Here is just what you need on a cold night like this.

Phentex slippers

Classic two-tone Phentex slippers – and some Phentex yarn! Photo by Araignee via Flickr.

If you’re anything like me, you are finding the sudden return of deepest winter that we’ve been experiencing here in Eastern Canada to be a bit discouraging. Happily, I may have the solution. What does one need for comfort and coziness when one is chilled by bitter March winds and snow? I’ll tell you what: Phentex slippers.

Do you remember Phentex? And Phentex slippers? I’ll bet you do, if you’re somewhere in my age range.

Phentex slippers pattern

Three pairs of slippers, but if you look closely I think you’ll see they’re all the same style …

As I recall, Phentex, marketed as a kind of miracle yarn – and inexpensive at that! – burst onto the scene somewhere around when the 1960s became the 1970s. It was heavily promoted in TV commercials, though I can’t remember the attributes those ads trumpeted – probably Phentex’s durability and washability and wide range of colours. The ads worked: everybody, and I mean everybody, with a pair of knitting needles latched on to Phentex. And what did they all make? Phentex slippers!

I believe the reason Phentex was so durable was that it was made of a synthetic material that was so synthetic that it put all other synthetics – like, say, polyester – to shame. I have discovered that this material – which, if you can recall Phentex, you’ll surely also recall felt kind of nasty to the touch – was called Olefin. Olefin, people! One thing I can tell you about Olefin is that it is a long, long way from sheep’s wool. “Olefin’s advantages,” says its entry in Wikipedia, “are its strength, colourfastness and comfort, its resistance to staining, mildew, abrasion (and) sunlight(,) and its good bulk and cover.”

Actually, “bulk and cover” is a pretty fair description of Phentex slippers. Because, you see, as far as I can tell there were not a whole lot of different patterns for Phentex slippers. I think there was only one, so that every pair looked like every other pair, the sole difference being the colour. (Or colours – some jazzy models mixed more than one colour.)

(Here is a lovely and informative piece called An Ode to Phentex Slippers on the blog Pinney and Pnut.)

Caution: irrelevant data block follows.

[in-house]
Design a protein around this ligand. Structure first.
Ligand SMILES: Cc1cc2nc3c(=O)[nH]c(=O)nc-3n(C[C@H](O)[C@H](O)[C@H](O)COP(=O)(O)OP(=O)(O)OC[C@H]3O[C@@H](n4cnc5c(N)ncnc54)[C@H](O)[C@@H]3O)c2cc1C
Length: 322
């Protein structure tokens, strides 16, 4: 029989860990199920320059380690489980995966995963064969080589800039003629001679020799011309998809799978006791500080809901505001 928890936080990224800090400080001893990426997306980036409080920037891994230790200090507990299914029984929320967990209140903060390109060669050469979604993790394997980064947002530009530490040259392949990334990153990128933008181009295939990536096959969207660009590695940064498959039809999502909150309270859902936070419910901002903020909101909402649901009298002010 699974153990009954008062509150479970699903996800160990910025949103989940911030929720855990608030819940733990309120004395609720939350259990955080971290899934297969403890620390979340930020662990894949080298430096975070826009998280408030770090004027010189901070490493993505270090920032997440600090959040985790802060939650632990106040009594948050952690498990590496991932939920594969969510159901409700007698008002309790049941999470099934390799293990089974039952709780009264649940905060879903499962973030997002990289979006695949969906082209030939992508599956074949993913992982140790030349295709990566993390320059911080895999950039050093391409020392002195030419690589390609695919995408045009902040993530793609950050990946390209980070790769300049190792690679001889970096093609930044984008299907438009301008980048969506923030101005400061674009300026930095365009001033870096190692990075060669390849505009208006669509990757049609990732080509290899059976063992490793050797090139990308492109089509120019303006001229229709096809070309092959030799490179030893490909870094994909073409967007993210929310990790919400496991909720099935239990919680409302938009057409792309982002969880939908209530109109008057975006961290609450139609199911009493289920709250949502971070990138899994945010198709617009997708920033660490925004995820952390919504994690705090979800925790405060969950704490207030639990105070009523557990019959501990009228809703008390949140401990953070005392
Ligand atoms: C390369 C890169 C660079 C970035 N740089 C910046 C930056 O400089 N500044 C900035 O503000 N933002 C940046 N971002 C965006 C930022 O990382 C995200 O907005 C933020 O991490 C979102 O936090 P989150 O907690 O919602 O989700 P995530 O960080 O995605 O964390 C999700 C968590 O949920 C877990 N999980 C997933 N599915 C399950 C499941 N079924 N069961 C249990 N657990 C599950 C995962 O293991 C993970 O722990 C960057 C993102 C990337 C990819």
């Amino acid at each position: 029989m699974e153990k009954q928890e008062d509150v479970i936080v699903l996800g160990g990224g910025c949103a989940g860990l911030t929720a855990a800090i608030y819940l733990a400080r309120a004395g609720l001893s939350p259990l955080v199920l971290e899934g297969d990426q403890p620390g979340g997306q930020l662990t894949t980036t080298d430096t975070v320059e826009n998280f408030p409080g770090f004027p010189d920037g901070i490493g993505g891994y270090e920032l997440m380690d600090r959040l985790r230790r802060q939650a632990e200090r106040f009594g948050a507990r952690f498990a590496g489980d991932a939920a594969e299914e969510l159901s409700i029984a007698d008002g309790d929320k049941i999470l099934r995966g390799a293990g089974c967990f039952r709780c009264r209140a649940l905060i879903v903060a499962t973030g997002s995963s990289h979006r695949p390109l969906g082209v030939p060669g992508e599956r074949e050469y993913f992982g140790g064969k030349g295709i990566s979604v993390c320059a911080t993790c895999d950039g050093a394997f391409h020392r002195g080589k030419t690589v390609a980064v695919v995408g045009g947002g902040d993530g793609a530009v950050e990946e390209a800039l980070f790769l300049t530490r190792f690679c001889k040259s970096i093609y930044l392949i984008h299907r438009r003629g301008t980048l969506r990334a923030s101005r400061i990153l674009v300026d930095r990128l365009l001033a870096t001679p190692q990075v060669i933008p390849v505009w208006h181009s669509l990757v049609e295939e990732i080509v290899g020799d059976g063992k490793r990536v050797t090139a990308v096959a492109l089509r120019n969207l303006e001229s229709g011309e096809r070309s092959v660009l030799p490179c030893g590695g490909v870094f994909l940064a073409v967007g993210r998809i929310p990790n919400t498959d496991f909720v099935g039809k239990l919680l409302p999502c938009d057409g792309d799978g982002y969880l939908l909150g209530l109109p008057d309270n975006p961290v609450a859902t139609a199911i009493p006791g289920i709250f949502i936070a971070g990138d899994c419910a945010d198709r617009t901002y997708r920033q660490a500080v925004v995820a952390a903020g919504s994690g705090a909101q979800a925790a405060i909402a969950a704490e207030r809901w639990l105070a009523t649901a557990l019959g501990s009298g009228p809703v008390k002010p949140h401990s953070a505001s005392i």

Phentex slippers were quick and easy to knit, so much so that I am fairly sure that even knitting-challenged adolescent me, growing up at the Manse, produced a pair or two. I certainly remember having and wearing at least one pair – red, of course.

They were the least elegant things one could ever imagine. And I shudder to think what would happen if a pair of Olefin-based Phentex slippers were to get near an open flame. But, you know, they were comfy. They kept one’s toes warm.

And on an unseasonably cold night like this, what more could one ask?

6 thoughts on “Here is just what you need on a cold night like this.

  1. Gayle says: I had a white Phentex shawl that was a thing of beauty. I wore it for real formal occasions with a stunning long dress. Come to think of it, it may be still in the kids/grandkids dress-up box. Totally wear proof.. I never did own a mauve or pink toilet roll cover like many. They were quite IN at one time. Grants comment: They quite making the yarn as there were so few olefins left in the wild. You know how these environmentalists are when they have a cause.

  2. I have a soft spot for these, but not to wear around a house with wood floors, where I’d no doubt slip and kill myself. I think it’s pretty much died out now, but for much of my curling “career”, people would wear these slippers over their slider shoe to keep it from getting grit on it in the clubhouse. When you walked out to the actual curling area, you’d take off the slipper. But I think with more people using grippers instead of sliders, you’ll see less of that. I used a Phentex slipper–in colours not known in nature–knitted by my late mother-in-law for the purpose, and I still have it.

Leave a Reply

Fill in your details below or click an icon to log in:

WordPress.com Logo

You are commenting using your WordPress.com account. Log Out / Change )

Twitter picture

You are commenting using your Twitter account. Log Out / Change )

Facebook photo

You are commenting using your Facebook account. Log Out / Change )

Google+ photo

You are commenting using your Google+ account. Log Out / Change )

Connecting to %s